(Almost) everyone loves flowers. Who doesn't? The bright cheery colours, the sweet scent that permeates the room and the significance it holds for the receiver of a bouquet of flowers.
All is well until the flower starts to wither a few days later, which is part and parcel of nature but also a sad reality.
Growing them yourself, on the other hand, extends the length of time you get to enjoy and admire the flowers.
The picture you see above are violas that were grown in a Singapore apartment's bomb shelter.
This small plant forms neat, tufted clumps of foliage and its small, spring green leaves are oval or heart-shaped and have scalloped edges. Its delicate, five-petaled, violet-like flowers come in shades of violet-blue, lavender, purple or white. Each flower is subtly fragrant and has a small awl-shaped spur, or nectary, at its base.
As Violas are primarily cool season bloomers, they are better for starting and ending the season in colder climates, and therefore germinate better under slightly colder temperatures of 23 degrees Celsius and under.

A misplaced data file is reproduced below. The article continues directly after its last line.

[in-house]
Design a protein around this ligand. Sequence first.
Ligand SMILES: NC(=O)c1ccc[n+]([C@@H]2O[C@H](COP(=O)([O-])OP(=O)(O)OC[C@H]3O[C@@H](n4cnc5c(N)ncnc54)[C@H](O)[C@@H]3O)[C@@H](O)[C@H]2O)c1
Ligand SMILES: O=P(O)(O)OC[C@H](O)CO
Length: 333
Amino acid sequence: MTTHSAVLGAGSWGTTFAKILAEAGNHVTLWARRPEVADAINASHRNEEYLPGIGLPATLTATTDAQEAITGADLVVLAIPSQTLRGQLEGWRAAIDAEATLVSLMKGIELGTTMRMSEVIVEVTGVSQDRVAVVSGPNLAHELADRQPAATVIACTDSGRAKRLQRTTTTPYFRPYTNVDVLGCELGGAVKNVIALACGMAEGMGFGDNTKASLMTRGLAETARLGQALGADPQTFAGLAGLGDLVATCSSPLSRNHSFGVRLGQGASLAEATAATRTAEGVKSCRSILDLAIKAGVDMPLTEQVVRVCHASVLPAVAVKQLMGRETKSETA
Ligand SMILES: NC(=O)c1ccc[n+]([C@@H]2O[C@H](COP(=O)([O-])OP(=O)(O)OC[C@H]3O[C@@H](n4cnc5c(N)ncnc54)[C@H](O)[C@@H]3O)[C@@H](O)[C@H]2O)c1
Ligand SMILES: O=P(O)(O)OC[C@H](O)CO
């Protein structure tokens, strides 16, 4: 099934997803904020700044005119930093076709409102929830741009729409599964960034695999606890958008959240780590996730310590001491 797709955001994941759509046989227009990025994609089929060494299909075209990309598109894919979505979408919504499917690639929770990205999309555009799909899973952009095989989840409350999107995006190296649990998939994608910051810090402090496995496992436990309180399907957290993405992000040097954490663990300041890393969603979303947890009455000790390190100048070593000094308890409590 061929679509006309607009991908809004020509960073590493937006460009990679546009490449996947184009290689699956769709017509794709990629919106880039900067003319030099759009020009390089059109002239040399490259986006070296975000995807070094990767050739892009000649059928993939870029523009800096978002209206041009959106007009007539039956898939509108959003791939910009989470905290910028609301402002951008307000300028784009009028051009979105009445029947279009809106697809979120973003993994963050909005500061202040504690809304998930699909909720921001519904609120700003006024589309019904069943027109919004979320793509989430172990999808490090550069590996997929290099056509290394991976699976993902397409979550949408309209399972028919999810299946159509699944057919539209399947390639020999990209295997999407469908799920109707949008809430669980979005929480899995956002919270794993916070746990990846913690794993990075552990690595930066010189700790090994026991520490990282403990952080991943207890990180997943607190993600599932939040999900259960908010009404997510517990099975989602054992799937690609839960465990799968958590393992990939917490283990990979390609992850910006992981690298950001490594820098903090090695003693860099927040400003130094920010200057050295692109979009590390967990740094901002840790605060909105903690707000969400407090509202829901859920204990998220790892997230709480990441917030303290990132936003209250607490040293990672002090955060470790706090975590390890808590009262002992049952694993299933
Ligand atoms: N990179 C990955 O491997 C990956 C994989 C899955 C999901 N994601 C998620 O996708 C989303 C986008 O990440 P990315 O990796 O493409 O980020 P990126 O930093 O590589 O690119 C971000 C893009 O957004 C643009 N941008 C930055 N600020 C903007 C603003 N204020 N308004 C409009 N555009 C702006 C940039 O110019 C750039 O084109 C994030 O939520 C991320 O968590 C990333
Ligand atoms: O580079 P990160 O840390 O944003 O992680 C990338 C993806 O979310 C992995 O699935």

This means a week of air-conditioning in the office or in the evenings would be conducive for this to grow. Once the seeds have germinated, they can better withstand the warmer ambient temperatures of Singapore's weather.
Alternatively, you can try placing the pods in a shallow bowl of water and place them in the fridge for the first 5 days. (This has not been tested by us yet, and might or might not work, but hey, that's the fun of growing and experimentation)
Once they have bloomed, the violet flowers with their mild, sweet flavor can be used to garnish salads, desserts and cakes. You can also make decorative ice cubes with a violet bloom inside, or try to make candied or crystallized violets.
Tip: Harvest freshly opened flowers in the morning when the oils are most concentrated and blooms look their best. The more you harvest, the more blooms will form. Harvest the sepals (base of the flowers) with the petals for added flavor.
If you are an avid baker, you would know how expensive these little guys are! Now's your chance to grow your own instead!
Else, just leave them as a beautiful floral centrepiece - they will be just in time for spring!